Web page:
The wine is quite pale in color and has a stong minerality, but that is abetted by a huge fruit expression.  The nose shows what the winery calls "Keuka Lake minerality" and an intense pear and pineapple juice profile.  The palate is dominated by that slate minerality.  Some citrus component accompanies it, with orange or tangerine on the finish.  It's quite refreshing with an acidity which, while adequate, does not make itself the focal point.

Fox Run Dry Riesling 2010Fox Run Vineyards
Dry Riesling 2010Fox Run's grapes are grown in the glacial Seneca Lake soil with broken slate and sandy loam.  Another 100% Riesling, winemaker Peter Bell utilizes fruit from Fox Run Vineyard Block 1.  The alcohol level is a low 11.5% abv.

It's a lovely, pale, golden color in the glass and shows those slate minerals on the nose, along with citrus and an ever-so-slight hint of honey.  The taste is full of Meyer lemon and big minerals, and there is an extremely nice acidity.

Ravines Dry Riesling 2010Ravines Wine Cellars
Dry Riesling 2010
The Riesling for Ravines dry effort is taken from three different vineyards: 16 Falls (70%), Argetsinger (25%) and Hobbit Hollow (5%).  16 Falls and Hobbit Hollow feature shale limestone soil, while Argetsinger is gravel on limestone bedrock.

These grapes from the east side of Keuka Lake are whole cluster pressed, and the finished product shows an alcohol level of 12.5% abv.

The Ravines Riesling pours up pale golden in the glass.  It's not a surprise by now, but minerals abound on the nose.  Fruit does make a good play here, though, mainly lime and honeydew.  On the nose, lime notes and a minerality even stronger than on the nose make an appearance.  Citrus zest on the finish mates with a very good acidity.

Red Newt Circle Riesling 2010Red Newt Cellars
"Circle" Riesling 2010
Red Newt’s “Circle” Riesling has the pointer on the label’s “sweetness scale” pointing to medium-sweet.  Winemaker David Whiting uses grapes from the southeastern shore of Seneca Lake to produce a Riesling which carries an 11.5% abv number and has a residual sweetness of 3.4%, several points higher than the previous offerings we’ve tasted.  The '09 vintage was a double gold medal winner, and the ‘10 vintage is the result of a warmer than usual growing season.  The winery says you can expect extra notes of baked fruit.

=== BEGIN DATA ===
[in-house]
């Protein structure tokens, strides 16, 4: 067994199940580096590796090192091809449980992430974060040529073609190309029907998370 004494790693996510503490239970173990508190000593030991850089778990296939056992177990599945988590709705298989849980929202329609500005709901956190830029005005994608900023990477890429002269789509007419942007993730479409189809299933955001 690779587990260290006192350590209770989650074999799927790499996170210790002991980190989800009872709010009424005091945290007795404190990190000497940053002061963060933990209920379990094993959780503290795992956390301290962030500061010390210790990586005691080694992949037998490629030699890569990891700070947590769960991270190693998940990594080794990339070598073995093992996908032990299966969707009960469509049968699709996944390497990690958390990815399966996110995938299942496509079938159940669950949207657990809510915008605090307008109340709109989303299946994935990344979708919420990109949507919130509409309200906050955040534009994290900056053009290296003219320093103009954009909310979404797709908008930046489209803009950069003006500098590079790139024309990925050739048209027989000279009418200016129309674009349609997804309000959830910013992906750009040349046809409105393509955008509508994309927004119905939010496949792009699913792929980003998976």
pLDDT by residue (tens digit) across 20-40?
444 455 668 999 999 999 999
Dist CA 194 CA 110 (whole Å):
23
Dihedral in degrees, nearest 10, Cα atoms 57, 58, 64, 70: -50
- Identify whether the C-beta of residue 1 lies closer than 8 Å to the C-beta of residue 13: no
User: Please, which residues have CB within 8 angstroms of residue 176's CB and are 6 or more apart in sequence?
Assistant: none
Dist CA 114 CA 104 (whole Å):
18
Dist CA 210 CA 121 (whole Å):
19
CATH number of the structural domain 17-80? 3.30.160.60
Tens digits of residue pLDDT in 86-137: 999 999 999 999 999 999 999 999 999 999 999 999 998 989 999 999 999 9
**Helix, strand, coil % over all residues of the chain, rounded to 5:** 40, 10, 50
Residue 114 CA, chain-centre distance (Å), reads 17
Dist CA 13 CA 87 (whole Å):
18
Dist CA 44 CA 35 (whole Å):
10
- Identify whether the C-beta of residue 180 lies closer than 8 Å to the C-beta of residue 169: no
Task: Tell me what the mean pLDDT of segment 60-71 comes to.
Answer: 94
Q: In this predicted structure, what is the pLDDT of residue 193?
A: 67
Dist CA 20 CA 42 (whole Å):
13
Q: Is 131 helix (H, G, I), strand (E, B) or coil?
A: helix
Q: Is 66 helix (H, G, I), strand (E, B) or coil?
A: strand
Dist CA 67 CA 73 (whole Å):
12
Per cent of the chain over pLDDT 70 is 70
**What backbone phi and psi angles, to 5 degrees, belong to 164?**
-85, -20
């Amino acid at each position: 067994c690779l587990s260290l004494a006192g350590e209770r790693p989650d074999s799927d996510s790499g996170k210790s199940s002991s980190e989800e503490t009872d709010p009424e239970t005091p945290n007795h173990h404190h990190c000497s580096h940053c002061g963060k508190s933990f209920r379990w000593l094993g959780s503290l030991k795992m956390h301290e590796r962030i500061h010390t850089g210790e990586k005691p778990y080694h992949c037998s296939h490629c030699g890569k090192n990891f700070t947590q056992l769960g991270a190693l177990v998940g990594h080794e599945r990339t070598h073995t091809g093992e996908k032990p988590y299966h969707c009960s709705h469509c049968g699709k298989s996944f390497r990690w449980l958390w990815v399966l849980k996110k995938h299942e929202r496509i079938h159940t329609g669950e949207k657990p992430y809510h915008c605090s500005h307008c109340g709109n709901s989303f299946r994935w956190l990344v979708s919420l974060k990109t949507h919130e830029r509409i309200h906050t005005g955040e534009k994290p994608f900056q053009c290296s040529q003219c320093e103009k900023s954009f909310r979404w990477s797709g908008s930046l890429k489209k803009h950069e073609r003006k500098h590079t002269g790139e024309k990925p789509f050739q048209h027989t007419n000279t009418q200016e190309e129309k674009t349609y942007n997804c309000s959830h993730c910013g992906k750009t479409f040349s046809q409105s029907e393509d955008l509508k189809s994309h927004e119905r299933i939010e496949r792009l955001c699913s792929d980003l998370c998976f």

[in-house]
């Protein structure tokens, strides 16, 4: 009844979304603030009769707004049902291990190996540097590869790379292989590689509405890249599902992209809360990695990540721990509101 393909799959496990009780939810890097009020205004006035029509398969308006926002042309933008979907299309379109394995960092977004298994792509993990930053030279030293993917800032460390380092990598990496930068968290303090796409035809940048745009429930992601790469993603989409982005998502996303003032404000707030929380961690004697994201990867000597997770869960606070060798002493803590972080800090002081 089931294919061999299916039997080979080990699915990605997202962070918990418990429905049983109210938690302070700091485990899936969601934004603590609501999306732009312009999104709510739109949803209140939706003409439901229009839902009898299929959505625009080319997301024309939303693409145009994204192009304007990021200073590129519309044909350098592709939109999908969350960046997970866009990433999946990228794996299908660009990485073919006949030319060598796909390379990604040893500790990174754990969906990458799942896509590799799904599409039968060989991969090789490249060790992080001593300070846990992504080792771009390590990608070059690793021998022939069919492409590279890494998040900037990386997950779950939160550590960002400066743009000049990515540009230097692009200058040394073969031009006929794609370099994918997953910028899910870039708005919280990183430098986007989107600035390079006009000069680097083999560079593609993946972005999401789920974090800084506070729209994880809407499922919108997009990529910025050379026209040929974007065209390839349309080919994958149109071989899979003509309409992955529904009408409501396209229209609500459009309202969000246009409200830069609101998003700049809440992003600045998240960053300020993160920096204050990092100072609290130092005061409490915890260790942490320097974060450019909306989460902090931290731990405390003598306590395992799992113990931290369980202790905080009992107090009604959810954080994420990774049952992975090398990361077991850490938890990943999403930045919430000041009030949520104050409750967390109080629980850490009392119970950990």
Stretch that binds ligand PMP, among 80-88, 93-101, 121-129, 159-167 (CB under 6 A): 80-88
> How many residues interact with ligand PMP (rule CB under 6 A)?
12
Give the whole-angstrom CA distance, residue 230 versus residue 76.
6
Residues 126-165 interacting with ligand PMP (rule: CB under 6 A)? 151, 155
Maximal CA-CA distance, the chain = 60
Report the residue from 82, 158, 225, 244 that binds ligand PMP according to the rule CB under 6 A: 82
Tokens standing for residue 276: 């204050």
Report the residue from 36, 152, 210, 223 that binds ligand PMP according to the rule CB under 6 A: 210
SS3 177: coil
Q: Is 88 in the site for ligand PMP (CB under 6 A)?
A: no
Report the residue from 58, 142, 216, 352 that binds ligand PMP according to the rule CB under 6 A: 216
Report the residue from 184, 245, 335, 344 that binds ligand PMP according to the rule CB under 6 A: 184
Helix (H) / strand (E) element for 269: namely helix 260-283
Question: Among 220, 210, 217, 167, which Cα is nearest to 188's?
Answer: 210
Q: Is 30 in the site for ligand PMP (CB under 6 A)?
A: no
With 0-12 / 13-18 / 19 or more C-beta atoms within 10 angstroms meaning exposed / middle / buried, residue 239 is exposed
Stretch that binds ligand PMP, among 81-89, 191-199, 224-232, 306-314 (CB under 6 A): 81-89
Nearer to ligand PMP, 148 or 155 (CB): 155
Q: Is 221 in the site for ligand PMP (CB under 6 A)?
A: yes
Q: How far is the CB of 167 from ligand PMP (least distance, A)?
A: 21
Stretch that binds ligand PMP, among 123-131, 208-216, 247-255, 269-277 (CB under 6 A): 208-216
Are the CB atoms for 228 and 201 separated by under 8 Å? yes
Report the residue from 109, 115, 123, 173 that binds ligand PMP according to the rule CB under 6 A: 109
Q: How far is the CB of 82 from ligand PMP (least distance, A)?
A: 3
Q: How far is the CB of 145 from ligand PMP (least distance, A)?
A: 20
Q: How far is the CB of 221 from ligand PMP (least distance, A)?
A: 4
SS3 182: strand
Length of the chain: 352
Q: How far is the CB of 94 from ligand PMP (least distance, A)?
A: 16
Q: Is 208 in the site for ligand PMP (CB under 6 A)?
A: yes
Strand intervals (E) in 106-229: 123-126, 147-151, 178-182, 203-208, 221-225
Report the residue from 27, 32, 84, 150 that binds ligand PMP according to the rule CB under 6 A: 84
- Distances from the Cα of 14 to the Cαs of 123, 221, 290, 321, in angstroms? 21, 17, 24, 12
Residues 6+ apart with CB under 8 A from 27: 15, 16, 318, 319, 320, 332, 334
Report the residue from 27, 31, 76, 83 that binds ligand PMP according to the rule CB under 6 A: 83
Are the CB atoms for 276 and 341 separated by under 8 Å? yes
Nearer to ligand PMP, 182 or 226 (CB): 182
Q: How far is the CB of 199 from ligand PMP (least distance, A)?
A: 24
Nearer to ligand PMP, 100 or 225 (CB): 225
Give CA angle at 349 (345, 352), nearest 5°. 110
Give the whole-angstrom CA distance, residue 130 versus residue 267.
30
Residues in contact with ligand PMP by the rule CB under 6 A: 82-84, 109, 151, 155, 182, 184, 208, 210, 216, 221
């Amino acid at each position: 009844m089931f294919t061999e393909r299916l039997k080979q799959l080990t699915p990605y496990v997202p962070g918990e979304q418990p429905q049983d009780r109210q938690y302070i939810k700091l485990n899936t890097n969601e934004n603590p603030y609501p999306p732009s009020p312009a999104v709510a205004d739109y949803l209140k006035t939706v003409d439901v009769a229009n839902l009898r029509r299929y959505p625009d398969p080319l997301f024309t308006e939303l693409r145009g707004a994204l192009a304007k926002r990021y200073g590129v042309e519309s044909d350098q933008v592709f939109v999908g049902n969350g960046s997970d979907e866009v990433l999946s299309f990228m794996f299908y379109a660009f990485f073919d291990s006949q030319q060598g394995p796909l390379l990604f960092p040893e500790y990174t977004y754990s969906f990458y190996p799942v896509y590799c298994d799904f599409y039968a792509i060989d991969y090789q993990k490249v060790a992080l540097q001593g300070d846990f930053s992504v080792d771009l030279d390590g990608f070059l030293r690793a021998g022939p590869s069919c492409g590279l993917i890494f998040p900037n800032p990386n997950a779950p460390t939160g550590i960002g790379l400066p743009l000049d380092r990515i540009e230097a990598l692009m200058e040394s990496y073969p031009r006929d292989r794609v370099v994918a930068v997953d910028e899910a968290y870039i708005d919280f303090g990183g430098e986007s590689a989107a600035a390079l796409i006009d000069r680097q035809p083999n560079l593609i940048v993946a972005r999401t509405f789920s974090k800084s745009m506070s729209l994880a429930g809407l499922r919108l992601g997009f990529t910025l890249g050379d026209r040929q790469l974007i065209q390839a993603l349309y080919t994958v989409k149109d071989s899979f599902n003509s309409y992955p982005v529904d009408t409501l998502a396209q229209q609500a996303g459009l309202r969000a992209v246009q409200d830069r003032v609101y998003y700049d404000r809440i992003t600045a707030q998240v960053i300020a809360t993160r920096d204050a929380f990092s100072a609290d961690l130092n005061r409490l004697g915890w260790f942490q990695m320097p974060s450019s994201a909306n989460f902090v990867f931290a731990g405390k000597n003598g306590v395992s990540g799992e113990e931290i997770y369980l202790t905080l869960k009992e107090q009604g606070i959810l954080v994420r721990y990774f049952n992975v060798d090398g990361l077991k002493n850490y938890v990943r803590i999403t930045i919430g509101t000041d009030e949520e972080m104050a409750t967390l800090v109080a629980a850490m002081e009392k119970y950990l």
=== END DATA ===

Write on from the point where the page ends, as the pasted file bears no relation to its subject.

The pale wine has a beautiful nose of honeysuckle and oranges, with the minerality not as prominent as in the four tasted so far.  Peaches and a light citrus spray decorate the palate, with the finish delivering a lengthy show of grapefruit.  Not really a full-blown sweet wine, I’d call it off-dry.  The acidity is nearly bracing, too, so it’s a food-friendly quaff.

Wagner Semi-Dry Riesling 2010Wagner Vineyards
Riesling Semi Dry 2010
The Wagner family has four generations of winemaking behind them on the eastern slopes of Seneca Lake in Lodi, New York.  I’m a big fan of wines from Lodi, California, so my hopes are high that more than the name will be similar.

The sweetness meter on the back label has the pointer right in the middle.  The grapes come from the Wagner’s estate vineyard.  Three lots of fruit are independently vinified, then blended together.

A little yellower than Red Newt, but still fairly pale, this Riesling smells of apricots in a big way.  There’s a slight minerality on the nose, but fruit is the big thing.  The palate shows a nice lemon/lime/orange display of citrus and a hint of tropical fruit on the finish.  The acidity is right on the money.